Proctor apologized for his language in court, acknowledging his texts were "unprofessional and regrettable." But he also insisted they had "zero impact on the facts and evidence and integrity of the investigation."

Proctor also acknowledged he is friends with members of the Albert family, but similarly insisted that had no impact on the investigation. Read's lawyers had long accused him of harboring conflicts of interest and not fully disclosing his personal relationships to multiple witnesses involved in the case.

In mid-March this year, while pretrial legal proceedings played out, Massachusetts State Police confirmed Proctor was the subject of an internal investigation over a potential violation of department policy, though would remain on full duty in the meantime.

On Monday night, after the mistrial was declared, Massachusetts State Police Col. John Mawn released a statement saying he had immediately relieved Proctor of duty and transferred him out of the detective unit, effective July 7 per its union agreement.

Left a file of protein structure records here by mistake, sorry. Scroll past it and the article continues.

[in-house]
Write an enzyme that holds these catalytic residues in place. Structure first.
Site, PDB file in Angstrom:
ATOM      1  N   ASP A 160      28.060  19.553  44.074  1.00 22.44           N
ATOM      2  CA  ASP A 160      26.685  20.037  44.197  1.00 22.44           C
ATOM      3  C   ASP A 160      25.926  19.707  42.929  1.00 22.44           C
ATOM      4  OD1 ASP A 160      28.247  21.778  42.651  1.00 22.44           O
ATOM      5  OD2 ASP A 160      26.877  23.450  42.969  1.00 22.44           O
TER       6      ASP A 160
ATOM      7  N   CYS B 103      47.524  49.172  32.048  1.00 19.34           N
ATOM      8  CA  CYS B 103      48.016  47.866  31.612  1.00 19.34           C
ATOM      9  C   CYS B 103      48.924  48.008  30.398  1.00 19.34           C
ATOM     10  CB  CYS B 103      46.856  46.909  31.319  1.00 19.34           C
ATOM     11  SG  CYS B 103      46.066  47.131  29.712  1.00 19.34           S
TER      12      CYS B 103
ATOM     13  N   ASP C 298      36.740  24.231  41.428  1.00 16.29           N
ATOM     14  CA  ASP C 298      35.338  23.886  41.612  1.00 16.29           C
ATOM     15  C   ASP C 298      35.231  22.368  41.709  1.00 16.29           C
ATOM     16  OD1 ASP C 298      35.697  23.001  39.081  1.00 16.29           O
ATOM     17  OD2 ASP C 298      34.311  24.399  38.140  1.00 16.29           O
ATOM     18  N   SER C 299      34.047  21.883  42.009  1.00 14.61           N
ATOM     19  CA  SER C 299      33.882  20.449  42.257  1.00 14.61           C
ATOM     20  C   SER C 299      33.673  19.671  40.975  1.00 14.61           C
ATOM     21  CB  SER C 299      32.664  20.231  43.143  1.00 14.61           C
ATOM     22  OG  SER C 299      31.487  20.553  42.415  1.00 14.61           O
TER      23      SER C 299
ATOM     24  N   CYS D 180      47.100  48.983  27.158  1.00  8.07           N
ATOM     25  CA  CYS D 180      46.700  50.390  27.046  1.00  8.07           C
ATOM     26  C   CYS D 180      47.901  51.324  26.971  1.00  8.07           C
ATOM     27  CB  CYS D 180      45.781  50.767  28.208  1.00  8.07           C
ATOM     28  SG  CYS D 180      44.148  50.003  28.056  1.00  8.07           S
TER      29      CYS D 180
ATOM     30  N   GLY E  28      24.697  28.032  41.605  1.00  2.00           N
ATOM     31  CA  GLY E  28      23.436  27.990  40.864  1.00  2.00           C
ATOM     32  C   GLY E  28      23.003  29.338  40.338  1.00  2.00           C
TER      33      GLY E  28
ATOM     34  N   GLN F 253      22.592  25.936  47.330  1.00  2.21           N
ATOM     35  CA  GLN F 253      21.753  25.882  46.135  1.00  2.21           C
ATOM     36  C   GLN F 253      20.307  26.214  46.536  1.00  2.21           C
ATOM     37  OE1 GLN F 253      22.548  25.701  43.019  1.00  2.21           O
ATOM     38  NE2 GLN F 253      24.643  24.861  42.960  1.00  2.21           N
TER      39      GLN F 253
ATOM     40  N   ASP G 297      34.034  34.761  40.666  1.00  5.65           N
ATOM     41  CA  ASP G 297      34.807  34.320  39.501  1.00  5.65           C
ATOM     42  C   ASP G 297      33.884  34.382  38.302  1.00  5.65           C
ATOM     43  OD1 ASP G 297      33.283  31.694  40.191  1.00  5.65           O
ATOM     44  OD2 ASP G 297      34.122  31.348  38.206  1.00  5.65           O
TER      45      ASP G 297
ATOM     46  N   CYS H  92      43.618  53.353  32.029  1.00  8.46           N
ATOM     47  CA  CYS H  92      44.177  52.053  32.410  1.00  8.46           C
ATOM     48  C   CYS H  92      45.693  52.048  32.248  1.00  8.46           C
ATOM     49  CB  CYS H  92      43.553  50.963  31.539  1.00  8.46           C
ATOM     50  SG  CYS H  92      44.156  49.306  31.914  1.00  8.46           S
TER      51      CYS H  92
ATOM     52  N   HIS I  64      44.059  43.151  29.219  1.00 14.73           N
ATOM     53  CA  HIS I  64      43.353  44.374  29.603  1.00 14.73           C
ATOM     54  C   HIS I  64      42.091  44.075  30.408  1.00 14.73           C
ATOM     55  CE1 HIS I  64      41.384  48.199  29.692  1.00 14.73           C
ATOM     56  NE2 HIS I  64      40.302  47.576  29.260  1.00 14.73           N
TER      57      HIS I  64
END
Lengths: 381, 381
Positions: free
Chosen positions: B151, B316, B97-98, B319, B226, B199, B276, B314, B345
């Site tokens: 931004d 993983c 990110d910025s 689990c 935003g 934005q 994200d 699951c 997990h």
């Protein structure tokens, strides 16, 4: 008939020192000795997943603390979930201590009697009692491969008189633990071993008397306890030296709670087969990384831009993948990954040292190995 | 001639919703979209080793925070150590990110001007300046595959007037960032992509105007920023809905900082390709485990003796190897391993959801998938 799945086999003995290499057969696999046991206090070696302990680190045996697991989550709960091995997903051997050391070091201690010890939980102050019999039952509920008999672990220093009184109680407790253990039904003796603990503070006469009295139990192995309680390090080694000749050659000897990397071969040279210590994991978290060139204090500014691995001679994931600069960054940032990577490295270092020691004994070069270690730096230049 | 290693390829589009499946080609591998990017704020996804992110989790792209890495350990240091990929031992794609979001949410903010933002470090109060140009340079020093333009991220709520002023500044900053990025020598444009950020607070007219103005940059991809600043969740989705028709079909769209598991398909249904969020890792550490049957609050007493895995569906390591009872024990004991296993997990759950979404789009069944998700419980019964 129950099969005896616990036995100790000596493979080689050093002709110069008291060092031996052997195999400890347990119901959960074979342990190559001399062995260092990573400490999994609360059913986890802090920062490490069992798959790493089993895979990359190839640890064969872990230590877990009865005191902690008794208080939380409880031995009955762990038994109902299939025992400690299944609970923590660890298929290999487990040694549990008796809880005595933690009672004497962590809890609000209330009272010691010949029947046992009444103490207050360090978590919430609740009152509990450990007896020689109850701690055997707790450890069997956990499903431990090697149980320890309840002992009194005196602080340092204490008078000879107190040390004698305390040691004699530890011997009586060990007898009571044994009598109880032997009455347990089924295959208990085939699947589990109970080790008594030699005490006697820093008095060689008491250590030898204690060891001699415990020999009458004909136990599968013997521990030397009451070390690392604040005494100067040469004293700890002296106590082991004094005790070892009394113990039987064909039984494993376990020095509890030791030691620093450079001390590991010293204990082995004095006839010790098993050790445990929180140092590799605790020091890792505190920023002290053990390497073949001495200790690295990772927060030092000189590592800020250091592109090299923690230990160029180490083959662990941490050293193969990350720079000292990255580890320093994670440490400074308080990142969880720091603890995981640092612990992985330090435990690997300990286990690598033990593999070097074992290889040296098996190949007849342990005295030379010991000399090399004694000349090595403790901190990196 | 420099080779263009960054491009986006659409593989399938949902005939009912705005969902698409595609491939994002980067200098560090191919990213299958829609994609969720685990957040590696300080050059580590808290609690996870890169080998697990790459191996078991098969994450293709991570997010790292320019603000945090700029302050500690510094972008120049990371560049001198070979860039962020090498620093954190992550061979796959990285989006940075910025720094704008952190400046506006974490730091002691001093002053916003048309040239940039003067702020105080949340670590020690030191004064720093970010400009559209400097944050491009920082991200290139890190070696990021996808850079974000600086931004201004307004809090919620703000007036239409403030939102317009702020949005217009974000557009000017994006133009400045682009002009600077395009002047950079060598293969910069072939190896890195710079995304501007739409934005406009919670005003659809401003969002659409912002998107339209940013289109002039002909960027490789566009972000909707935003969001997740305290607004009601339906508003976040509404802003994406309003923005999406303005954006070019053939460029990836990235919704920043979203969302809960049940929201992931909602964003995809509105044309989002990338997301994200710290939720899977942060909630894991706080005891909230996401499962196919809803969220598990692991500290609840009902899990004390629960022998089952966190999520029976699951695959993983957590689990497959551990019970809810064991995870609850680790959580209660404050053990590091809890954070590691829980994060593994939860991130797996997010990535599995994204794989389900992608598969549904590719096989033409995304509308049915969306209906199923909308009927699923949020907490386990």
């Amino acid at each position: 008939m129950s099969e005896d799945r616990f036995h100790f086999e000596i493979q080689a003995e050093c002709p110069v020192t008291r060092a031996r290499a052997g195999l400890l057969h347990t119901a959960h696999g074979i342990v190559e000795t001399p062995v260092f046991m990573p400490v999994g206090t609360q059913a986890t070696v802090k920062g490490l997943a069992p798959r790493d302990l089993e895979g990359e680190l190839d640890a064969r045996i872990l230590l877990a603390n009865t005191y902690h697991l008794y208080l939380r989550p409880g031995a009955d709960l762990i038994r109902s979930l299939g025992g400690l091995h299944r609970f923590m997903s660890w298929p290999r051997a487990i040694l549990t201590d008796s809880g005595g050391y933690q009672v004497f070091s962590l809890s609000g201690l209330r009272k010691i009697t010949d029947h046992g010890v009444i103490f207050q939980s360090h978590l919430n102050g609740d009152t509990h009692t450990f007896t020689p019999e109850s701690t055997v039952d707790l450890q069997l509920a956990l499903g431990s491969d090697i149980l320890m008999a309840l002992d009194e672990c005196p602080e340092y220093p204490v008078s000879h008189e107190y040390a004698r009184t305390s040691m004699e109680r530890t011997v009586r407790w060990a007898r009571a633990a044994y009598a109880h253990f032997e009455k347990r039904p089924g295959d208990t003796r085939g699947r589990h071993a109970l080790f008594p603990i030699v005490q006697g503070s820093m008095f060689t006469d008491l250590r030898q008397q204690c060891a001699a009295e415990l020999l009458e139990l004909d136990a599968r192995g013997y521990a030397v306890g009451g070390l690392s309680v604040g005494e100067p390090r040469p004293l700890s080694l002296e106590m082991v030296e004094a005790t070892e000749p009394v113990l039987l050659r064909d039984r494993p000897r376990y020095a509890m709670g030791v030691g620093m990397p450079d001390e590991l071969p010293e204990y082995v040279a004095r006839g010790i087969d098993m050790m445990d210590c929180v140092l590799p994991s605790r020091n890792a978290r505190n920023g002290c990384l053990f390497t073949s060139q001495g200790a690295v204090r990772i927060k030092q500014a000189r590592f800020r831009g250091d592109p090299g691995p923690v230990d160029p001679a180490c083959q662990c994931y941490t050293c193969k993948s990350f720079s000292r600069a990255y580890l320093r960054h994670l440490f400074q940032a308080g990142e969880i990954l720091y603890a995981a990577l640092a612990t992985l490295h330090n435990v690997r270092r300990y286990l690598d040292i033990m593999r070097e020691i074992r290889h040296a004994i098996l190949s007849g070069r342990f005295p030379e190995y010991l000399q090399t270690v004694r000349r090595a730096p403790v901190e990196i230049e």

"This follows our previous decision to open an internal affairs investigation after information about serious misconduct emerged in testimony at the trial," Mawn wrote. "This investigation is ongoing."

Proctor can still be called to testify in a future retrial, Diner of the Massachusetts Association of Criminal Defense Lawyers told WBUR, but it would be as a civilian rather than state police witness.

How has the public reacted (and who is Turtleboy)?